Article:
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Tuesday, July 24, 2018

Semblance - Nintendo Switch (Review)


Semblance (Switch(reviewed), PC)
Developer: Nyamakop
Publisher: Good Shepherd Games
Price: $9.99

Semblance is the first game from South African developers Nyamakop.  It started out as a school project and they liked it so much they decided to make it into a fully developed game, and I am glad they did because I have been having so much fun playing it!

I think the best way I can describe this game is that you are playing as Meatwad in a jelly world.  You play as a soft little squishball in a world where everything else is also soft.  Then these crystals start appearing and making the world hard.  This hardness is deadly to you, so you have to avoid it at all cost.  You set out to figure out what's going on.


This really is one of the most unique games I've had the pleasure of playing.  I have never played a game quite like it.  This is a puzzle game, and it has an interesting twist: you reshape the terrain around you to solve the puzzles.  Semblance is being called a "playdough platformer, " and I think that's an accurate way to describe it. 

In order to solve the puzzles found in this game, you will be using your little ball to deform the squish around you.  If something is up high, you can squish sections of a wall into a ladder of sorts and just jump your way up to it.  However, once you move or deform part of the world, that section can not be moved in a different direction unless that whole section is reset.  So, if you push a platform over to the side, you can not then push it upward.  As the puzzles get more complex, this really causes you to think about what order you need move things and how you will deform them.  Especially when you start having to deal with the lasers.

Nice tight controlls are a necessity with a game like this, and thankfully that is exactly what we have here.  I mostly played with the Switch Pro controller, but the Joy-Cons work good too.


There are numerous puzzles to solve in each world, but if you get stuck on one, you can just keep going and come back when you think you are ready to take another crack at it.  I found myself doing that a lot while playing.  Sometimes I overthink things (okay, I do it all the time.  It's a living Hell!), so it's always best for me to take a step back from the problem that I'm facing and come back to it later.  This game lets you do exactly that.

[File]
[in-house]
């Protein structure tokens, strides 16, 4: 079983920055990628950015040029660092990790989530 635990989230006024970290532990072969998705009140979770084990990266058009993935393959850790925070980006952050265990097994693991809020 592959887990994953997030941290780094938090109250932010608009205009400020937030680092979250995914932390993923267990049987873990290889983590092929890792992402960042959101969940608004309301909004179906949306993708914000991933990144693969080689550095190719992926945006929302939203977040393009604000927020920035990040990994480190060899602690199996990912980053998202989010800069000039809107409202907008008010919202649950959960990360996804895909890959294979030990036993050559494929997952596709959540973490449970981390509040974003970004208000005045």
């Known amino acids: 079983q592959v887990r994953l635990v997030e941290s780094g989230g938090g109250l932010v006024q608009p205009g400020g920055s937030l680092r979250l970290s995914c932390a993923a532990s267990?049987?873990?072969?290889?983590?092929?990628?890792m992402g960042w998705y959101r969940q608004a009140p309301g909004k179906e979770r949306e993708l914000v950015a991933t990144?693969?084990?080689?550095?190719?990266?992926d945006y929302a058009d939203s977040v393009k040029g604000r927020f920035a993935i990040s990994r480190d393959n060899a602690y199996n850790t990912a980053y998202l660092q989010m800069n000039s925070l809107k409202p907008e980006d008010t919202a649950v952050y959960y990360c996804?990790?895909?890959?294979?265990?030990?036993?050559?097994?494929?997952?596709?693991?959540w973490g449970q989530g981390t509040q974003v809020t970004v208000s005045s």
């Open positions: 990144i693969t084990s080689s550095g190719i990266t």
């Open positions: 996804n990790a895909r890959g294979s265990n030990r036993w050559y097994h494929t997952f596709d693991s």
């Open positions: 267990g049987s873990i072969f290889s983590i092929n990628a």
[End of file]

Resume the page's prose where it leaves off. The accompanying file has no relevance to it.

As far as presentation, it feels minimalist, even though there is a lot of detail.  I know that doesn't make sense, but it's all I can think of to describe it. The game worlds all use very simple color palettes. This probably isn't the case, but it really looks as though only twelve colors are being used in each world.  In the first area, for example, the terrain is all done in various shades of purple, the backgrounds are red, and the crystal matter and enemies are done in green.  It's a wonderful look.  And there is a lot of little detail in your surroundings.  Creatures in the foreground are out of focus just enough so that you notice them during play while not distracting you from the important bits, things like that.

I never noticed any drops in the framerate in docked or handheld, and that's good because it would have made this precision heavy game nearly unplayable.


Even the menu is minimalist.  When you load up your game after the first time playing it, you are loaded up to the nearest tree portal that you were playing in last, with the option to resume, start a new game, or tinker with the options.  I like just getting dropped back into the game.  I don't have a lot of time to just sit around and play, so only having one button press to get right back into things is a huge bonus for me.

This being Nyamakop's first game has me very excited to see what they bring us in the future.  If they can continue this kind of originality, they should be very successful.


As far as I am concerned, this game is a must buy! Once everything clicks for you, this is a wonderful gaming experience!

This title was reviewed using a copy supplied by the publisher.

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